Monday, June 2, 2014

Crossing the Valley of Death

Research update here.  

In addition to chocolate and social entrepreneurship, I also study technology start-ups.  Recently, I have been examining how technology firms cross the valley of death with some pretty interesting results.  Without getting into the statistical model, this blog post shares some of the findings. 

So what is this “valley of death”?  Basically, it is the lack of funding between the invention of technology and launch of commercial product.  Government and private investments have emerged to help firms commercialize nascent technologies.  Government programs in the United States include Small Business Innovation Research (SBIR) and Small Business Technology Transfer (STTR) programs. 

The SBIR and STTR programs are two of the latest and biggest programs that the U.S. government has enacted to support small business development (Bonvillian and Van Atta, 2011).  The SBIR program was implemented in 1982 to support innovation in small, often nascent organizations (Audretsch, Link, & Scott, 2002).  The STTR program was started in 1992 and focuses on supporting innovation collaborations between firms and public organizations such as universities and government labs. The primary objective of these programs is to support innovation in small business.  The secondary objective of these programs is to help organizations cross the valley of death. Through 2012, SBIR and STTR have cumulatively provided over $34 billion in funding (Small Business Administration, 2013). 

Nanotechnology is the control and manipulation of matter between one and 100 nanometers.  One nanometer is about three to six atoms across, so nanotechnology is incredibly small and difficult. And expensive.  A complicating factor is that matter at the nanoscale acts differently than the same matter at larger scales.  Nanotechnology is used across industries including cosmetics, packaging, optics, and semiconductors.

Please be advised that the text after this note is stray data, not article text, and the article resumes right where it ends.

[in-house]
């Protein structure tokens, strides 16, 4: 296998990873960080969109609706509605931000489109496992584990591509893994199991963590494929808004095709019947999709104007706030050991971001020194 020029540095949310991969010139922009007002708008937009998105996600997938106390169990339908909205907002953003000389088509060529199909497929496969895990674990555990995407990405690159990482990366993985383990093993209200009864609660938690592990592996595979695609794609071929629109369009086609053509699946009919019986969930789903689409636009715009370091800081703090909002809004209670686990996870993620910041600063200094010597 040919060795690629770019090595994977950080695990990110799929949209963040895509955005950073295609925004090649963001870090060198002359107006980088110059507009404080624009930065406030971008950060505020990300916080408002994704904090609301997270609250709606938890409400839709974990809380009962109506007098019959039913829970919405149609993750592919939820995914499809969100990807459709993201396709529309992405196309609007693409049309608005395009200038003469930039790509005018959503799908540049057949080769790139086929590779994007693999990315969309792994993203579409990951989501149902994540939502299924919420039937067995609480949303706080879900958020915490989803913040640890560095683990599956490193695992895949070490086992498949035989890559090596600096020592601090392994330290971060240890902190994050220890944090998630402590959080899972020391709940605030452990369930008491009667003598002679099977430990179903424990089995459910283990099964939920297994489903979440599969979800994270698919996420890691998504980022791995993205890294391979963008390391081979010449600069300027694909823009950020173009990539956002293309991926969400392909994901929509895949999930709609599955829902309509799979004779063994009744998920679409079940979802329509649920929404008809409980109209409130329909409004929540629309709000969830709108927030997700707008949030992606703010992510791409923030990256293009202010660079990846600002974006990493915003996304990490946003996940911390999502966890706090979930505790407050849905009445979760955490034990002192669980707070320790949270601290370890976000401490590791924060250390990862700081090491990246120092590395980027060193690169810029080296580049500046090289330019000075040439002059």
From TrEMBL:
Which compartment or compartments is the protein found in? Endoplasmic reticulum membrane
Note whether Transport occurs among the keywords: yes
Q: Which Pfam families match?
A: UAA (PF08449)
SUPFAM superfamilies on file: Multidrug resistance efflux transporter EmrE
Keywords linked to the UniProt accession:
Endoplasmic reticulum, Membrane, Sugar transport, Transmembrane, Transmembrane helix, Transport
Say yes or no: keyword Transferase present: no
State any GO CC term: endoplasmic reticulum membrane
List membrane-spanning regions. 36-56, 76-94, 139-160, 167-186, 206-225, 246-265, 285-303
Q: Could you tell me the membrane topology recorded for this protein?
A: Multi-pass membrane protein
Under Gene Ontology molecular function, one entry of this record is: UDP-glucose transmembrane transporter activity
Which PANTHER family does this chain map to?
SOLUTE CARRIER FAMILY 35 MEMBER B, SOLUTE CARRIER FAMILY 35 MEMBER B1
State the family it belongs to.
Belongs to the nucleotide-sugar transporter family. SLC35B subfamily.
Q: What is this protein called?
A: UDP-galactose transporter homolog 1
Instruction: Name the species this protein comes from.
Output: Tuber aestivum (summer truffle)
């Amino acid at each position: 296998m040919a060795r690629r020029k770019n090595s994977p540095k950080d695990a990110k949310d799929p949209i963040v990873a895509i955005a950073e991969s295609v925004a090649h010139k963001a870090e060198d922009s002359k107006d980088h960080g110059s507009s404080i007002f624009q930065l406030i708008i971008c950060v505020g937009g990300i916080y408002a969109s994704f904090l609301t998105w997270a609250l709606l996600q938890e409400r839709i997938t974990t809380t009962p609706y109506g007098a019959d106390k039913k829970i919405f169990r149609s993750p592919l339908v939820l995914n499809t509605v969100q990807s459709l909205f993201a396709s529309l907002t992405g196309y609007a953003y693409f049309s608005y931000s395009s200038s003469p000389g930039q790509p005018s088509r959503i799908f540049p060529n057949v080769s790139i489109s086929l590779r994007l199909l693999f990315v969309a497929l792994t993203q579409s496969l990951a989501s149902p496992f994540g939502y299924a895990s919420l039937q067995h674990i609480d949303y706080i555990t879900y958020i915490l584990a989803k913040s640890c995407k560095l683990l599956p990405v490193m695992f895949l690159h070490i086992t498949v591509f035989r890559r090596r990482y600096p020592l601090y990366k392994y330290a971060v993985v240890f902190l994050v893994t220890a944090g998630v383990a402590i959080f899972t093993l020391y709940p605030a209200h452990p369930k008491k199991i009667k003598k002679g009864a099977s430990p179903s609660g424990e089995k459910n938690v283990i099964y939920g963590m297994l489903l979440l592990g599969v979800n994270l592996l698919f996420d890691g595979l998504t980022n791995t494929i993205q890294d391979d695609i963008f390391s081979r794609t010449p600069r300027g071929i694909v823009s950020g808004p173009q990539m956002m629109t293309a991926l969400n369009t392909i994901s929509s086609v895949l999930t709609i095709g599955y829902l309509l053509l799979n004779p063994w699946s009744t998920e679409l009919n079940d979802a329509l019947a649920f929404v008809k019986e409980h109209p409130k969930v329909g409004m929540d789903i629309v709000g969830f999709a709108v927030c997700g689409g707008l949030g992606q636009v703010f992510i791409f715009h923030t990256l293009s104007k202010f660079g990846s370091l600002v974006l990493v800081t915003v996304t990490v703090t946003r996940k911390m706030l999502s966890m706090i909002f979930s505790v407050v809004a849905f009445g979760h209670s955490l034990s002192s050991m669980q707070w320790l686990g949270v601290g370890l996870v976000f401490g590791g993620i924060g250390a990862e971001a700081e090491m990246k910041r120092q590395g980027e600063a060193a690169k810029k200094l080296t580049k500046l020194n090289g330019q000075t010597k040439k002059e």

So if any technology firm is going to risk the treacherous valley of death, it is a nanotechnology firms.  They must endure the trifecta of burdens: the firm's liability of newness, the industry's lack of legitimacy and cohesive structure, and the technology's inherent uncertainty (see Woolley article in Entrepreneurship Theory and Practice)

I analyzed all nanotechnology firms started before the year 2002 and it turns out that 60% obtained SBIR or STTR grants and 25% were award at least one of each type.  In comparison, that is a lot.  Overall, the acceptance rate of the SBIR and STTR programs is about 20%.   More interestingly, firms that obtained SBIR or STTR funding were more likely to patent than those that did not received funding and were less likely to cease operations.  These firms were also more likely to receive VC funding.

Go nanotech!

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